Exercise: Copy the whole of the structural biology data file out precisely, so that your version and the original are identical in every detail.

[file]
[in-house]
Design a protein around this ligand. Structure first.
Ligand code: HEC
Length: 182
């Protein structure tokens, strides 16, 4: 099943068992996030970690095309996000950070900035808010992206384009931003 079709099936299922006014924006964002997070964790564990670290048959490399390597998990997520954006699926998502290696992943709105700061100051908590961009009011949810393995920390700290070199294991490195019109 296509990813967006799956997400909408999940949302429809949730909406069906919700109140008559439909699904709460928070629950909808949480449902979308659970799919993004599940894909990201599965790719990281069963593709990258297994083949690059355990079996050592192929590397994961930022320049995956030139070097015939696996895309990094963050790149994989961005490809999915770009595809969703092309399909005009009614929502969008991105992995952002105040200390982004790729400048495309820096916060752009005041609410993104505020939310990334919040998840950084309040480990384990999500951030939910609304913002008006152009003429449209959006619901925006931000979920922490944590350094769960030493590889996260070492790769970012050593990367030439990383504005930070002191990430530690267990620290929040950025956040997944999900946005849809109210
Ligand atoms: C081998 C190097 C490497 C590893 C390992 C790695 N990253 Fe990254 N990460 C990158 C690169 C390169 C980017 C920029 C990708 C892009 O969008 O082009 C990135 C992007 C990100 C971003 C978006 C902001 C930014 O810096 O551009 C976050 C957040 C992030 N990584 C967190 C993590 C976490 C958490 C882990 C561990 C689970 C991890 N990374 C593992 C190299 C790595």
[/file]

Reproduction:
[in-house]
Design a protein around this ligand. Structure first.
Ligand code: HEC
Length: 182
């Protein structure tokens, strides 16, 4: 099943068992996030970690095309996000950070900035808010992206384009931003 079709099936299922006014924006964002997070964790564990670290048959490399390597998990997520954006699926998502290696992943709105700061100051908590961009009011949810393995920390700290070199294991490195019109 296509990813967006799956997400909408999940949302429809949730909406069906919700109140008559439909699904709460928070629950909808949480449902979308659970799919993004599940894909990201599965790719990281069963593709990258297994083949690059355990079996050592192929590397994961930022320049995956030139070097015939696996895309990094963050790149994989961005490809999915770009595809969703092309399909005009009614929502969008991105992995952002105040200390982004790729400048495309820096916060752009005041609410993104505020939310990334919040998840950084309040480990384990999500951030939910609304913002008006152009003429449209959006619901925006931000979920922490944590350094769960030493590889996260070492790769970012050593990367030439990383504005930070002191990430530690267990620290929040950025956040997944999900946005849809109210
Ligand atoms: C081998 C190097 C490497 C590893 C390992 C790695 N990253 Fe990254 N990460 C990158 C690169 C390169 C980017 C920029 C990708 C892009 O969008 O082009 C990135 C992007 C990100 C971003 C978006 C902001 C930014 O810096 O551009 C976050 C957040 C992030 N990584 C967190 C993590 C976490 C958490 C882990 C561990 C689970 C991890 N990374 C593992 C190299 C790595």